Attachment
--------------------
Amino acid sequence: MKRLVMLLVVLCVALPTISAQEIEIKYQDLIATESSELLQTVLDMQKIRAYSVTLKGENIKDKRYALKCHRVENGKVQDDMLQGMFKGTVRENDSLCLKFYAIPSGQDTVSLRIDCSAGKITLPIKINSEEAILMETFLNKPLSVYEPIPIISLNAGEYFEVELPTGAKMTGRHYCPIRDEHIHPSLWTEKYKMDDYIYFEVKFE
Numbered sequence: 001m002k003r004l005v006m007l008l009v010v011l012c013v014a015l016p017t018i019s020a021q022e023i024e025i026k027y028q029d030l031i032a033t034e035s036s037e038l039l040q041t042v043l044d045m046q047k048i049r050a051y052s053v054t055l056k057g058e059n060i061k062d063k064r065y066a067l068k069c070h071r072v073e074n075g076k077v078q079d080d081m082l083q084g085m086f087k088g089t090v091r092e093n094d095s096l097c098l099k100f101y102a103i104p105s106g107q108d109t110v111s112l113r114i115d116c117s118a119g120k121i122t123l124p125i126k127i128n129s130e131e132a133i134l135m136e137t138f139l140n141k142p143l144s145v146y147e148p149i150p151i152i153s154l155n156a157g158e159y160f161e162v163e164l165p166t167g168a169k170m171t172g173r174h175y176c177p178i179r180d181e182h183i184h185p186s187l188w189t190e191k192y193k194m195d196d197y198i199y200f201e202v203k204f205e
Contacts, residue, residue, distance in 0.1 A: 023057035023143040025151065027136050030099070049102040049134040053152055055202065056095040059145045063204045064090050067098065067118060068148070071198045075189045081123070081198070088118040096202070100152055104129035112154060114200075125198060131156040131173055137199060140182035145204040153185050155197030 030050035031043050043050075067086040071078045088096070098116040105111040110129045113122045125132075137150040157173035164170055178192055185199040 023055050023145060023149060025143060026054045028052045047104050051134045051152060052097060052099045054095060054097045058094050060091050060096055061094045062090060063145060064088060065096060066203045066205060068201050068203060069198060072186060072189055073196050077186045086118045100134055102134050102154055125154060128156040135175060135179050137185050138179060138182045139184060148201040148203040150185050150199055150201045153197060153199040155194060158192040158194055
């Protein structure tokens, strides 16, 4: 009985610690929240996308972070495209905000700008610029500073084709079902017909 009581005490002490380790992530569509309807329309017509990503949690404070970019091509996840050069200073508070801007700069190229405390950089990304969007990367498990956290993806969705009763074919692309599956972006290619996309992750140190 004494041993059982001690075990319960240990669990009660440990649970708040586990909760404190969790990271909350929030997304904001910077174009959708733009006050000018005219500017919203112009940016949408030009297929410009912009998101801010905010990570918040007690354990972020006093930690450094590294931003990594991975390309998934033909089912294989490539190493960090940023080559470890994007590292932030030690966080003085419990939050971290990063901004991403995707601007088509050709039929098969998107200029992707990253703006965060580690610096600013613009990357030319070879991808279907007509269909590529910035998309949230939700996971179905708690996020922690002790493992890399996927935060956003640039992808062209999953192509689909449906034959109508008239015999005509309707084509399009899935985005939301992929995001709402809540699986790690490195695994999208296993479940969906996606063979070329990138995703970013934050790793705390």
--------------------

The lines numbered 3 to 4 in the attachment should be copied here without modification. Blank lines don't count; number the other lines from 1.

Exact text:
Contacts, residue, residue, distance in 0.1 A: 023057035023143040025151065027136050030099070049102040049134040053152055055202065056095040059145045063204045064090050067098065067118060068148070071198045075189045081123070081198070088118040096202070100152055104129035112154060114200075125198060131156040131173055137199060140182035145204040153185050155197030 030050035031043050043050075067086040071078045088096070098116040105111040110129045113122045125132075137150040157173035164170055178192055185199040 023055050023145060023149060025143060026054045028052045047104050051134045051152060052097060052099045054095060054097045058094050060091050060096055061094045062090060063145060064088060065096060066203045066205060068201050068203060069198060072186060072189055073196050077186045086118045100134055102134050102154055125154060128156040135175060135179050137185050138179060138182045139184060148201040148203040150185050150199055150201045153197060153199040155194060158192040158194055
């Protein structure tokens, strides 16, 4: 009985610690929240996308972070495209905000700008610029500073084709079902017909 009581005490002490380790992530569509309807329309017509990503949690404070970019091509996840050069200073508070801007700069190229405390950089990304969007990367498990956290993806969705009763074919692309599956972006290619996309992750140190 004494041993059982001690075990319960240990669990009660440990649970708040586990909760404190969790990271909350929030997304904001910077174009959708733009006050000018005219500017919203112009940016949408030009297929410009912009998101801010905010990570918040007690354990972020006093930690450094590294931003990594991975390309998934033909089912294989490539190493960090940023080559470890994007590292932030030690966080003085419990939050971290990063901004991403995707601007088509050709039929098969998107200029992707990253703006965060580690610096600013613009990357030319070879991808279907007509269909590529910035998309949230939700996971179905708690996020922690002790493992890399996927935060956003640039992808062209999953192509689909449906034959109508008239015999005509309707084509399009899935985005939301992929995001709402809540699986790690490195695994999208296993479940969906996606063979070329990138995703970013934050790793705390």